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Boxer, Reid Eye Broader Climate Bill By Fall Boxer, Reid Eye Broader Climate Bill By Fall

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Boxer, Reid Eye Broader Climate Bill By Fall

Now that the House has narrowly passed a cap-and-trade bill, eyes are turning to the Senate, where Environment and Public Works Chairwoman Barbara Boxer is hoping to mark up companion legislation shortly before the August recess.

Given her party's comfortable majority on the panel, whose Democrats generally favor more ambitious global warming proposals, Boxer can pass virtually anything she wants in committee.


But she ideally wants to be closer to a broader deal before introducing a bill. The House bill, she said in a statement after Friday's vote, "gives us the momentum we need in the Senate."

Boxer weeks ago tapped all the Democrats on her committee to take the lead on different issues as part of a broader effort to fashion a bill that more moderate Democrats and Republicans would back.

Senate Majority Leader Reid is gathering Boxer and several other committee chairmen -- including Foreign Relations Chairman John Kerry, Energy and Natural Resources Chairman Jeff Bingaman and Agriculture Chairman Tom Harkin -- to talk things over shortly after this recess.


Reid congratulated House Speaker Pelosi Friday and issued a statement after the vote calling the bill "not perfect," but "a good product for the Senate and our committees to start considering."

Reid added that he will also work with the Obama administration to try to pass a bill this fall, a goal President Obama repeated in remarks today while announcing new energy efficiency standards.

Sources said Reid wants all six committees with jurisdiction on a climate and energy package to have their work done by Sept. 18 to bring legislation to the floor by October.

Sen. Debbie Stabenow, D-Mich., will also participate in the huddle with Reid and the committee chairmen. She has been taking a role similar to that of House Agriculture Chairman Collin Peterson in his negotiations with Energy and Commerce Chairman Henry Waxman during the House talks.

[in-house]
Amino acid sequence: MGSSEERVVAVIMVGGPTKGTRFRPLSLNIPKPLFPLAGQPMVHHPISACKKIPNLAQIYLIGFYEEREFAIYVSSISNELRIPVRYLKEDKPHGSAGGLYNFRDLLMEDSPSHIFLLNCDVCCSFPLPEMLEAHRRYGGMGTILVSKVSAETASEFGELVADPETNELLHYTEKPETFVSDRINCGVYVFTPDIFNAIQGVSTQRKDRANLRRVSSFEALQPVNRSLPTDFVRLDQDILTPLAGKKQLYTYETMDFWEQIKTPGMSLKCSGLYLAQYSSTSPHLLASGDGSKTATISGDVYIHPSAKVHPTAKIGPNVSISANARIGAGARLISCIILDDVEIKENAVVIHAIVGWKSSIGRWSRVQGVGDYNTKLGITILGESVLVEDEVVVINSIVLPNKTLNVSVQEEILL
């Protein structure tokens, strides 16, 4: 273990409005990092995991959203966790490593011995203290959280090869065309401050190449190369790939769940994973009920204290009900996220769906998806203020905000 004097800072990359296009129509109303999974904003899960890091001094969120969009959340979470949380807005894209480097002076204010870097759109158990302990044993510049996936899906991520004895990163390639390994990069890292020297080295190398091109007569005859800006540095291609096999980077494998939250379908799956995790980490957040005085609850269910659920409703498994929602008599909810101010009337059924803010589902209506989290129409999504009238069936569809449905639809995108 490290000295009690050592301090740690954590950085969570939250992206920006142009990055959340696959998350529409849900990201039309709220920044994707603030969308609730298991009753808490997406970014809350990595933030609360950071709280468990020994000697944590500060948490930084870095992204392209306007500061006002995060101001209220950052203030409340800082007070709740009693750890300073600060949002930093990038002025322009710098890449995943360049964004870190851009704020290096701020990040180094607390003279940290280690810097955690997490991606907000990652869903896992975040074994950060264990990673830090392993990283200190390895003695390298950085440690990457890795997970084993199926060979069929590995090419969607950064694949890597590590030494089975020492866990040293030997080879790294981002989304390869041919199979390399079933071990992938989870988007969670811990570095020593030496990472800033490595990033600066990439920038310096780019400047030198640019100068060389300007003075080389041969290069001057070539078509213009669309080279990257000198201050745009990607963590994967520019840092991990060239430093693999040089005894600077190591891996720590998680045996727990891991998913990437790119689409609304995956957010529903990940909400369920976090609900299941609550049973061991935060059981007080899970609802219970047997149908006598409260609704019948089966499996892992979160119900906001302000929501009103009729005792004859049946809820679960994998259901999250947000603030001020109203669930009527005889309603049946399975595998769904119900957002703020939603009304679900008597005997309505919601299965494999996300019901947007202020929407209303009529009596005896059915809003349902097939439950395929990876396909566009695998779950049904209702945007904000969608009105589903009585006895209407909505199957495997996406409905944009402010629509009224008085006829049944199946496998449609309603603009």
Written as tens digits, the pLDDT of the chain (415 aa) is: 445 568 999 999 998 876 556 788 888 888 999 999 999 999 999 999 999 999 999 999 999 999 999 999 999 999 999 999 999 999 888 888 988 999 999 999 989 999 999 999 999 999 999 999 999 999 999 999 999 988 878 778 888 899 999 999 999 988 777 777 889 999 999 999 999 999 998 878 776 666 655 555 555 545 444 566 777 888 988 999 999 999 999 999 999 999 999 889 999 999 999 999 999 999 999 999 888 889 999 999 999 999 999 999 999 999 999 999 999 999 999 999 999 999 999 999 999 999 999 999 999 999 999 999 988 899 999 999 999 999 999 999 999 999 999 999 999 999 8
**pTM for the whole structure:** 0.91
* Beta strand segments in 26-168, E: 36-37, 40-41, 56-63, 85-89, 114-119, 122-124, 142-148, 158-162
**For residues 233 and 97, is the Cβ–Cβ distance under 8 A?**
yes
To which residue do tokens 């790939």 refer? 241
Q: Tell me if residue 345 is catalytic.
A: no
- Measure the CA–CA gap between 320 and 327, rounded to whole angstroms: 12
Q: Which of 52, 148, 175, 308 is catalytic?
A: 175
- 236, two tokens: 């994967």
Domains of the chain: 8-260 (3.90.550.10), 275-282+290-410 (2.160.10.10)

Like Peterson, Stabenow will work on language regarding agricultural activities that can be used to offset emission reduction targets as well as serve as chief negotiator for a broader group of rural and manufacturing-state Democrats.

Along with those 16 Democrats, several Republicans -- including Sens. Olympia Snowe and Susan Collins of Maine and Lisa Murkowski of Alaska -- may in the end support a cap-and-trade bill.

Murkowski and Sen. Mark Begich, D-Alaska, have to balance how global warming is affecting their state with how a cap-and-trade bill impacts Alaska's oil and gas industry.

At the White House this afternoon, Obama announced energy efficiency standards that he promised will create jobs, reduce emissions and slash demand. And he said he would start with a review of light bulbs in use at the White House.

"The first step we're taking sets new efficiency standards on fluorescent and incandescent lights," he said, adding that "this simple action holds enormous promise because 7 percent of all the energy consumed in America is used to light our homes and our businesses."

He contended that between 2012 and 2042 "these new standards will save consumers up to $4 billion a year, conserve enough electricity to power every home in America for 10 months, reduce emissions equal to the amount produced by 166 million cars each year and eliminate the need for as many as 14 coal-powered power plants."

This article appears in the July 4, 2009 edition of National Journal Daily PM Update.

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